25% of restaurant PPP went to 1% of operators, new report finds
News, resources, and other stuff we're chewing on this week.
December 21, 2020, 07:50 PM UTC
A version of this article appeared on 12/15/20 in Eat.news, a free weekly newsletter from Back of House with news, resources, and more curated by our team. It goes out to thousands of restaurant operators each Tuesday morning. Subscribe today to get our coverage of the restaurant technology space directly to your inbox!
The Industry Appetizer
A quick snack on some headlines that caught our editors' eyes this week.
$1B in PPP went to fast-food "vultures": By sorting through loan disclosure data, The Counter discovered that about a quarter of all PPP dollars issued to the restaurant sector went to just 1% of restaurant operators—mostly fast-food franchises run by third-party hospitality firms. It's just one complaint in a scathing new op-ed at Business Insider that lambasted chains as "vultures feasting on the carcasses of independent restaurants." Though to be fair, that piece ultimately laid blame at the government's feet. (The Counter / Business Insider)
Tipping point on autograt: The U.S. 4th Circuit Court of Appeals ruled last week in a case between a North Carolina restaurant and its employees that automatic gratuities were not "tips" as defined by the Fair Labor Standards Act. Rather, those funds are to be classified as "commissions." Of course, the elephant (er, donkey?) in the room remains—President-elect Joe Biden has signaled his support for a $15 minimum wage and an end to the tip credit, both of which would remake the compensation landscape much more dramatically. (Restaurant Dive / Restaurant Business)
NYC, Mass restrict dining: NY Governor Andrew Cuomo ordered restaurants in New York City to shut down indoor dining indefinitely as the city's hospitalization rate broke 5,000 for the first time in nine months. The regulation officially went into effect Monday. If hospitalizations number continue to climb, the governor warned of "red zone" closures to come. Meanwhile, Massachusetts just announced new regs of its own, including requiring masks at all times within restaurants (except when eating or drinking) as well as putting a cap on both the number of diners per/ table (6 people max) and time spent at the table (90 minutes max). (Nation's Restaurant News / Restaurant Dive)
The restaurant software, hardware, and solutions stories we've been chewing on lately.
Grubhub drops commission-fees: The 3PD platform will wipe marketing fees in favor of a new tool will drive traffic to stores by providing a direct-order link that can be customized for websites, QR codes, as well as social media and email marketing campaigns. Processing and delivery fees, however, remain intact. (Eater)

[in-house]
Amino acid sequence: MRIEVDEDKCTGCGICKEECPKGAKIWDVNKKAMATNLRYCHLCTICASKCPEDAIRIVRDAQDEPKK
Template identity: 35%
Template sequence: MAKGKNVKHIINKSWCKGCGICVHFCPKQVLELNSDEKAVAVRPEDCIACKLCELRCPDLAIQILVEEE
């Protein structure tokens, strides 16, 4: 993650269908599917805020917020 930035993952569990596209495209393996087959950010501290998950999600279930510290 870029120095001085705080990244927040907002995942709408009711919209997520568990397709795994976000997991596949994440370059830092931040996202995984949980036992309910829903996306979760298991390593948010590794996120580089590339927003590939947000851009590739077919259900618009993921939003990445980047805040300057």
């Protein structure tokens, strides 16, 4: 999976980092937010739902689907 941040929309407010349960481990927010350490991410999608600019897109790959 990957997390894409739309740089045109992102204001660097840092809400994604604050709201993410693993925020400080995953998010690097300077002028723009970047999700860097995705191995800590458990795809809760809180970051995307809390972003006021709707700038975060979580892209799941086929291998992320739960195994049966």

Shares up, "Squares" up, the DoorDash story: Speaking of delivery apps, after just one day on the market, DoorDash's stock skyrocketed 86%, and now holds a value of $60.2 billion. Wowza. Square, the payment processor, announced plans to integrate its software with DoorDash Drive, which it says will allow restaurants to fulfill orders made directly via Square on their own website. So that's nice. (CNBC / Hospitality Tech)
"Apps are helping gut the restaurant industry": Was the title of another scathing op-ed, this one in the New York Times, highlighting an emergent narrative in the restaurant business since the pandemic began. Roughly: that (some of) the platforms and technologies built to "save" the industry are actually profiteering off its downfall. The column cites DoorDash in particular for implementing $1.50 fees in some markets to offset fee caps imposed by local governments. (New York Times / Crain's Chicago)
Resources for restaurant operators, created and curated by our team.
Cloud kitchen standouts: With many restaurants striving to transform their business into a digital/delivery-only machine, there has been a boom in cloud/ghost kitchen companies to help them do just that (for a price, of course.) We rounded up the seven best ones in the game. (Back of House)
A tale of two houses: A restaurant has two major operating areas: back of house and front of house. So what are the actual differences between the two? We break it down for you. (Back of House)
Learning the lingo: Speaking of restaurant jargon, we put together a comprehensive glossary that contains all the lingo and restaurant slang commonly used in the hospitality business. (Back of House)